Some members of the synagogue left, and people involved with the Friendship Circle demanded its separation from the shul. A volunteer independent board tried to bring transparency and accountability to the shul’s finances, but disbanded after a year, following Mendel Goldstein’s refusal to separate Friendship Circle as an entity. Mendel Goldstein’s father-in-law became the synagogue’s chief financial officer.
That led Rabbi Yonah Fradkin, who oversees a dozen Chabad outposts in the San Diego area, to propose installing a second rabbi, a move Mendel Goldstein rejected. Fradkin then demanded Goldstein’s resignation.
Shuie Goldstein, meanwhile, left the Friendship Circle last year with a severance estimated at about $145,000.
Seven hours, many accusations
During the hearing, according to Cunin’s account, Fradkin accused Mendel Goldstein of insubordination, citing an April 2022 letter in which Goldstein said that all Chabad of Poway matters would be “conducted and managed exclusively within the current governing structure without any external interference.”
Goldstein’s “refusal to cooperate apparently became well-known in the community,” Cunin wrote, “and, in Rabbi Fradkin’s view, continues to tarnish and undermine Chabad locally as well as throughout the region.”
Kessler, meanwhile, said at the hearing that the Goldsteins would reject any outcome that did not grant them full control of all Chabad of Poway properties in perpetuity, according to Cunin’s letter, which said that Kessler also expressed the family’s intent to ultimately reinstate Yisroel Goldstein as a shliach. Cunin noted that email correspondences preceding the meeting from Mendel Goldstein’s side had copied Yisroel as a recipient, a claim the Forward verified.
The claim that Mendel intends to reinstate his father was questioned by Steve Arnold, Chabad of Poway’s security director. In an interview, Arnold said that Mendel Goldstein has inquired about whether Yisroel’s presence at synagogue events might offend anyone, qualifying: “‘As long as there’s one congregant that would be upset, it just won’t happen.’”
Cunin, who was acting as a kind of arbitrator in the hearing, was himself involved in a federal investigation a decade ago. A judge ruled in 2014 that Chabad of California misappropriated about $272,495 in federal grants for security cameras, instead spending the money on payroll and utilities. The organization was fined $850,000 but nobody was charged criminally.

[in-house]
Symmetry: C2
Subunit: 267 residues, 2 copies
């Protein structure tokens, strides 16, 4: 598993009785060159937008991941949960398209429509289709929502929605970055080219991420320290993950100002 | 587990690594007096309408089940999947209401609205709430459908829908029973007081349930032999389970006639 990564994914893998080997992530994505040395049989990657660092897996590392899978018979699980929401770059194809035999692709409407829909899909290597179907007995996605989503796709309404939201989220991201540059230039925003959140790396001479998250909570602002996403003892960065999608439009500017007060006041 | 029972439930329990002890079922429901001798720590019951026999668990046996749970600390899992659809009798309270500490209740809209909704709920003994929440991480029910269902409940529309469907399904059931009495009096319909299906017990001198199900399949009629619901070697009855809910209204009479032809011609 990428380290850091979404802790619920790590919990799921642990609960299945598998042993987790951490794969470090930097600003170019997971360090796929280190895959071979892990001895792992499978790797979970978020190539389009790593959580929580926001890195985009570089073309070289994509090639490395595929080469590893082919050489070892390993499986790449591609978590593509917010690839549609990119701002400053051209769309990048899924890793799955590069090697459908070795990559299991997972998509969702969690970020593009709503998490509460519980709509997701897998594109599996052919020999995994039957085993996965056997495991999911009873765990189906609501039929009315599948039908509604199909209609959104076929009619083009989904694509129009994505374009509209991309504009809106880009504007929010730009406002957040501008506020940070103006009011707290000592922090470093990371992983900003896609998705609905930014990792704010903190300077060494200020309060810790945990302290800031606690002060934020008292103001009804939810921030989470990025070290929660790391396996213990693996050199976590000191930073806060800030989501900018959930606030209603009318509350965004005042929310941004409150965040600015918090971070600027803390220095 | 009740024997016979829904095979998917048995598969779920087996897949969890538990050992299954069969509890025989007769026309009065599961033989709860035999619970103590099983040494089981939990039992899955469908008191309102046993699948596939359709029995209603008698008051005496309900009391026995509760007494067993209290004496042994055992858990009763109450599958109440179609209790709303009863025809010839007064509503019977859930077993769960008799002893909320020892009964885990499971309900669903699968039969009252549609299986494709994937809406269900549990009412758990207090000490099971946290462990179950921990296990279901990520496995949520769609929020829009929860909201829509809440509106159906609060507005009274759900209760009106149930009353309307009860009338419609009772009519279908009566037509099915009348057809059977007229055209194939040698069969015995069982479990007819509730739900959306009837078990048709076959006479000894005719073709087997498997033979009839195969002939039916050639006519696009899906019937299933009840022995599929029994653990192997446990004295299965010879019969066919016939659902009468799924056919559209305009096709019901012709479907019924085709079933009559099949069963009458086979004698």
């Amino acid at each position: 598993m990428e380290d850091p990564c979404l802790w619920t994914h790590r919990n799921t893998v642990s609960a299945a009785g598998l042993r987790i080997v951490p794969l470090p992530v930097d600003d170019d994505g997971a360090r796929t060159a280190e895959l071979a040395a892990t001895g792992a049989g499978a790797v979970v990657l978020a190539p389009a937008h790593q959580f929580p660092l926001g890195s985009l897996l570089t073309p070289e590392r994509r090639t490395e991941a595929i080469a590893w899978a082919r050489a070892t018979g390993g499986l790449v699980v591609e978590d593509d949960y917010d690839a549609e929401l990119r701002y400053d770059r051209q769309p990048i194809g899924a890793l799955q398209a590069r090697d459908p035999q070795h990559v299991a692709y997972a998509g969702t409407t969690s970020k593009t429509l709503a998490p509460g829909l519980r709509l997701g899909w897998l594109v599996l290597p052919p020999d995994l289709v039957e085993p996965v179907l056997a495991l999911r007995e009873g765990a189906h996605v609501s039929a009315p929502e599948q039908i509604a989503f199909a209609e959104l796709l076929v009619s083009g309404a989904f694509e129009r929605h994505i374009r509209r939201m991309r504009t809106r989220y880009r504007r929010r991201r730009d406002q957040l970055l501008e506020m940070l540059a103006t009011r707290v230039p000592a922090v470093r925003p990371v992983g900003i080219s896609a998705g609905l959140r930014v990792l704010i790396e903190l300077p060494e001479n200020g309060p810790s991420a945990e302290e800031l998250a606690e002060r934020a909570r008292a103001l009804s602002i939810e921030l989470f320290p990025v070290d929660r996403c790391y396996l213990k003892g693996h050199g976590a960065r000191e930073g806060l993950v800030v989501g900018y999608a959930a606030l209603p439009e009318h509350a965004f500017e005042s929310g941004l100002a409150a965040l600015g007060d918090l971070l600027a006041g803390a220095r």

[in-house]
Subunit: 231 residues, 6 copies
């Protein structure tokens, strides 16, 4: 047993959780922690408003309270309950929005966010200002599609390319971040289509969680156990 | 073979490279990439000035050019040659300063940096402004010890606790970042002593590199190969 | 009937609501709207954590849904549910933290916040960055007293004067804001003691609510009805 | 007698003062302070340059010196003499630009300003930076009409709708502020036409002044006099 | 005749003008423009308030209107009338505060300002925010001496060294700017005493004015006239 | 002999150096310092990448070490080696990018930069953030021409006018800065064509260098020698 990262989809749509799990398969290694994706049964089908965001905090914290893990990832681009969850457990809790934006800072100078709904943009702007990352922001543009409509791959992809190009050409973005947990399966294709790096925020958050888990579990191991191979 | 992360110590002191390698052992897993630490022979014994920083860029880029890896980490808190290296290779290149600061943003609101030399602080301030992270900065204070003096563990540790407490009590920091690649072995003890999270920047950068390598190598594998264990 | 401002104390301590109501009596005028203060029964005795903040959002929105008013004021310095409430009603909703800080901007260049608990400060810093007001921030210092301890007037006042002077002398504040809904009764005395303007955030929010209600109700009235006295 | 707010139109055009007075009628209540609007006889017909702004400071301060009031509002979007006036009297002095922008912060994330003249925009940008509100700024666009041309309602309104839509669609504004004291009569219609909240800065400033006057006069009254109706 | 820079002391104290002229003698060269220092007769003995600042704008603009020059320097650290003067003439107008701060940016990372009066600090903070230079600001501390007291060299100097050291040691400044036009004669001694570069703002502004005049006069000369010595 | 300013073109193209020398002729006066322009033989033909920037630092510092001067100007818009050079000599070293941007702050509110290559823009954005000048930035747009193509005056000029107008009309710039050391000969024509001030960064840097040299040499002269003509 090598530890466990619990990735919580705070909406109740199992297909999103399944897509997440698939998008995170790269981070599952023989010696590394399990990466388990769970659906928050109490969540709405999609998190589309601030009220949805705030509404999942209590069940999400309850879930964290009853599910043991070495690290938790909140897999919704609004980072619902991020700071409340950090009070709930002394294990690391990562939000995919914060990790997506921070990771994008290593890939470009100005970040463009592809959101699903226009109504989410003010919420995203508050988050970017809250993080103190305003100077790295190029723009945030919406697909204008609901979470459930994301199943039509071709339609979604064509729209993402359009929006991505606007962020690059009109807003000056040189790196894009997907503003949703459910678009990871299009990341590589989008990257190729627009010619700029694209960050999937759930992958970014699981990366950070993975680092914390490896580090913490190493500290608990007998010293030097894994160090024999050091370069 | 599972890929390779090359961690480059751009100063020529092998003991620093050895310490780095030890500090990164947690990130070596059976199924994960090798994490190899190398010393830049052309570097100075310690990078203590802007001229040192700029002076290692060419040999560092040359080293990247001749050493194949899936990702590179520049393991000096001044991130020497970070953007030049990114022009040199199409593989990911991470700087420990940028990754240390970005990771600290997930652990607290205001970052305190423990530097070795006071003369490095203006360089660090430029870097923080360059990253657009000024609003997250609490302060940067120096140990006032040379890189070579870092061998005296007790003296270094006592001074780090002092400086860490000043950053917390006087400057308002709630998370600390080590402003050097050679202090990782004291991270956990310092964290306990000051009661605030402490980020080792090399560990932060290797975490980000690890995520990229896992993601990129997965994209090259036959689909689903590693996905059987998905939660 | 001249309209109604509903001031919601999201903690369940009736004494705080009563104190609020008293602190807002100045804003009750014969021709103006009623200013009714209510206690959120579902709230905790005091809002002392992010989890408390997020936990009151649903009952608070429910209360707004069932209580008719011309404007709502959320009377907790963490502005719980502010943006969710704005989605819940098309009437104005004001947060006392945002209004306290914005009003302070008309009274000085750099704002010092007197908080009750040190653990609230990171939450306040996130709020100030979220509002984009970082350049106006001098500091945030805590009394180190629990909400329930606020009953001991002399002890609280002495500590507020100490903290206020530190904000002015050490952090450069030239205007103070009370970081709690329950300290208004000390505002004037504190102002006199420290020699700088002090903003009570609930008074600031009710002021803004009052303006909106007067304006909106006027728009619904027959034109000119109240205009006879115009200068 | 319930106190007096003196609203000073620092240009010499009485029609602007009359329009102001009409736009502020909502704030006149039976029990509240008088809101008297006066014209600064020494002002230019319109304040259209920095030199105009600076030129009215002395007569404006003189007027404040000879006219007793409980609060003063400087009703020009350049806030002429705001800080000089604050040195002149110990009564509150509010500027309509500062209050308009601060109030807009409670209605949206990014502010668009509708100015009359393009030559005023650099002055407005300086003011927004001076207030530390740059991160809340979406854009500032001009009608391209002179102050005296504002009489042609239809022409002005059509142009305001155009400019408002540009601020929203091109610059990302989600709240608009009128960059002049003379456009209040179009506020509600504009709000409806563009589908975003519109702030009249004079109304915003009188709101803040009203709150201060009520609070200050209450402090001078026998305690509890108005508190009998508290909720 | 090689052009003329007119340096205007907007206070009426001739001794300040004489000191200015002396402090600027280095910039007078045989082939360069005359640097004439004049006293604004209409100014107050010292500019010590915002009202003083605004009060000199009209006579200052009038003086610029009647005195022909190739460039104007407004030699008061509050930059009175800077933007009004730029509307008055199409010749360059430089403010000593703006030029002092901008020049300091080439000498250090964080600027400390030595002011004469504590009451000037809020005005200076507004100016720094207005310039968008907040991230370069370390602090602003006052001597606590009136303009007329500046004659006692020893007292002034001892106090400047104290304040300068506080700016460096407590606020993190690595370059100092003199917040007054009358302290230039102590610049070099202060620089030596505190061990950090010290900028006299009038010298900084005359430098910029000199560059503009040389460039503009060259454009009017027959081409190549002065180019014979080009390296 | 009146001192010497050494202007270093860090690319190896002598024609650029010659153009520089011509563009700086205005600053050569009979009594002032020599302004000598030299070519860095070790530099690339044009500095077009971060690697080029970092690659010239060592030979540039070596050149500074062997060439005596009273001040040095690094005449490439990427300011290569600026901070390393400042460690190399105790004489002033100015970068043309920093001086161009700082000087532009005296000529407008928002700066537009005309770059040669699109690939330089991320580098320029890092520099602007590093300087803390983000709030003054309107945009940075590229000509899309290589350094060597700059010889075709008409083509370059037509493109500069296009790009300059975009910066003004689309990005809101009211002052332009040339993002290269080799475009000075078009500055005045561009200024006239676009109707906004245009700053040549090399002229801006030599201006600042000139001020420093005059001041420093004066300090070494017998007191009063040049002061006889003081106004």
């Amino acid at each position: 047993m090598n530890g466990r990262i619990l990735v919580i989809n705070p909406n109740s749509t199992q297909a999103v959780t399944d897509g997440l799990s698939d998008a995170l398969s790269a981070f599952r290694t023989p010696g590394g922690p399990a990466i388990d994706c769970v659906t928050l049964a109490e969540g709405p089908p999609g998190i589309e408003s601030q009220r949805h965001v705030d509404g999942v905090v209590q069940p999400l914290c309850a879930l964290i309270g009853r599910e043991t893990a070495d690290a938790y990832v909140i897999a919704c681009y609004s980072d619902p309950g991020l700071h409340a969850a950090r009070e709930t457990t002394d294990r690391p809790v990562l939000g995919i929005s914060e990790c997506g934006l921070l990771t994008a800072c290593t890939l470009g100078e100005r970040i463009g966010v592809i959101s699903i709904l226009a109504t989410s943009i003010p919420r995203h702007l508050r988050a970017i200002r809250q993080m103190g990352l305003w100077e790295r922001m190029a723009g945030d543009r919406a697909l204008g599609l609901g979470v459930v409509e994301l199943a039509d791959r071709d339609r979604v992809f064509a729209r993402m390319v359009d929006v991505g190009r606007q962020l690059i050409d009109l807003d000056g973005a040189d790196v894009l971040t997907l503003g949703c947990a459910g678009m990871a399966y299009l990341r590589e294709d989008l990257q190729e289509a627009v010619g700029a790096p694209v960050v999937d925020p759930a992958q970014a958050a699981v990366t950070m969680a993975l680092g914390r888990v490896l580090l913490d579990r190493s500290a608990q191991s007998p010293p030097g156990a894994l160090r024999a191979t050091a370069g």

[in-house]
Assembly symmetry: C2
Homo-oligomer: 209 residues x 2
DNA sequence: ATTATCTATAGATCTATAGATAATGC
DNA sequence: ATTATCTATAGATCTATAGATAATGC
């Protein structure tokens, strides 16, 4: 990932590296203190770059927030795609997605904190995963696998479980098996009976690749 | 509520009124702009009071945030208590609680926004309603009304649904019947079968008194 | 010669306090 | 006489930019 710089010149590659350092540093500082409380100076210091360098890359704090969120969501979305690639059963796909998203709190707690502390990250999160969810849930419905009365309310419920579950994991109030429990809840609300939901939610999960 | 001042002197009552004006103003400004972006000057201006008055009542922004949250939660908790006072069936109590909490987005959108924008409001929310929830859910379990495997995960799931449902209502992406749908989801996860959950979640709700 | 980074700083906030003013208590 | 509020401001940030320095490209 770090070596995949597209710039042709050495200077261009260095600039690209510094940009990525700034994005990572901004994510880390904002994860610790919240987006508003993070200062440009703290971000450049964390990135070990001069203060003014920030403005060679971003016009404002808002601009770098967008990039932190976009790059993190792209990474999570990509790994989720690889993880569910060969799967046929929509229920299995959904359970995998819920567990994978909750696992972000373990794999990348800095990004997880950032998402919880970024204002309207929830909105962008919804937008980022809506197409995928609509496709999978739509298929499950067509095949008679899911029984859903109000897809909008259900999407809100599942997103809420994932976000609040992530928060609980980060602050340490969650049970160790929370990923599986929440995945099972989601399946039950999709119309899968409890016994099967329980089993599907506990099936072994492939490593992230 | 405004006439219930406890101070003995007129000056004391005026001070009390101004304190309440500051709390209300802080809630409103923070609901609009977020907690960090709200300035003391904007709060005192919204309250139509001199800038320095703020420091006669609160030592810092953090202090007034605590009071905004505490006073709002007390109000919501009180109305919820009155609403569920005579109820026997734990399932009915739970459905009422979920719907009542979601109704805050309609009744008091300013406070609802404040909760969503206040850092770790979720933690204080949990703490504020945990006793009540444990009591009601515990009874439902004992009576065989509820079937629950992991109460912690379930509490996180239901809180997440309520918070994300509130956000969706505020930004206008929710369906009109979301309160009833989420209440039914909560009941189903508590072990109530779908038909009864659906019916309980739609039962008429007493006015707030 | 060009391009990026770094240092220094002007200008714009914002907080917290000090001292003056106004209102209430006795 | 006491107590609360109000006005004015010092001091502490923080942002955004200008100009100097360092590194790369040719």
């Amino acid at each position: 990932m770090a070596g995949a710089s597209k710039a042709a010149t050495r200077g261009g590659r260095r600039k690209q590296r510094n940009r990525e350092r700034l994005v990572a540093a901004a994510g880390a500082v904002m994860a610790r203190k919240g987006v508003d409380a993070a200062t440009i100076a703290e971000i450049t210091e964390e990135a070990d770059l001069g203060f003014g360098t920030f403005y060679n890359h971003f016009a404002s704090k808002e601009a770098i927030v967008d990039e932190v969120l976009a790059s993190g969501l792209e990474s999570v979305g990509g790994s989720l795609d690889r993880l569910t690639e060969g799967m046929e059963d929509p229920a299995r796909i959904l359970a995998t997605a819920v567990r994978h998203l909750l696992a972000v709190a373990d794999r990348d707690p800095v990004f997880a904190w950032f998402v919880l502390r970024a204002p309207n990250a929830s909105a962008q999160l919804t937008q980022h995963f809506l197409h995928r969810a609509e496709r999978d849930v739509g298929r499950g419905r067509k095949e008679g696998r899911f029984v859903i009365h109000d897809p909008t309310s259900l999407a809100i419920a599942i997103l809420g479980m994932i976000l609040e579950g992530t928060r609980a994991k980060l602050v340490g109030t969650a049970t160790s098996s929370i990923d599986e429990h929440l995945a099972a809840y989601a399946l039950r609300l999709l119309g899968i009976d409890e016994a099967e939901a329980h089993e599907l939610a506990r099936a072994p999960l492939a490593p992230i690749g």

Rabbi Yonah Fradkin oversees more than a dozen San Diego Chabad institutions. Photo by Mario Tama/Getty Images
At the hearing, according to Cunin’s account, Kessler threatened to expose Fradkin — who is related to Cunin through marriage — for committing unnamed crimes. Cunin said he reprimanded Kessler in the meeting for mesirah — turning over a fellow Jew to authorities — and that Cunin’s lawyer, Seth Gerber, who was present at the meeting for unclear reasons, called the threats “extortion.”
It is unclear what Kessler might have been referring to. But court documents in the Yisroel Goldstein say that a person with the initials Y.F. accepted a donation of a non-existent Iranian Torah, valuing it at $1.2 million, sharing the proceeds of the write-off with the donor. The person is described as a “director of a separate religious congregation and community organization in San Diego.”
Y.F. was never charged or identified by the authorities.
Fradkin did not respond to a request for comment.
Then there is the salacious matter of the spy pen.
While Cunin was meeting with Rabbi Fradkin and his associate, Rabbi Moshe Lieberman, they noticed that Kessler had left a fountain pen on the table.
“Lieberman lifted the pen,” Cunin wrote, “unscrewed the bottom part of the pen, and showed me that instead of an ink cartridge, there were the electronic components of a covert transmitter/listening device.”
Kessler rushed in and grabbed the device, Cunin said. When asked to hand it over, Kessler instead destroyed it. Cunin wrote that Mendel Goldstein “confirmed he was aware” of the device and refused to disavow it.
“Although Rabbi Kessler claimed he did not record anything, Rabbi Kessler’s refusal to hand over the device to confirm no recordings were made — and his subsequent destruction of the device — belies his assertions,” Cunin wrote.
In the end, Cunin upheld Goldstein’s termination, instructing all parties to “facilitate a smooth transition for Chabad of Poway to move forward,” and ruled that the transfer of Friendship Circle was conducted properly.
That ruling has been appealed, however, and three Chabad sources, speaking on condition of anonymity, indicated that while Cunin is widely respected in the Chabad world, Goldstein has a sympathetic ear in national leadership.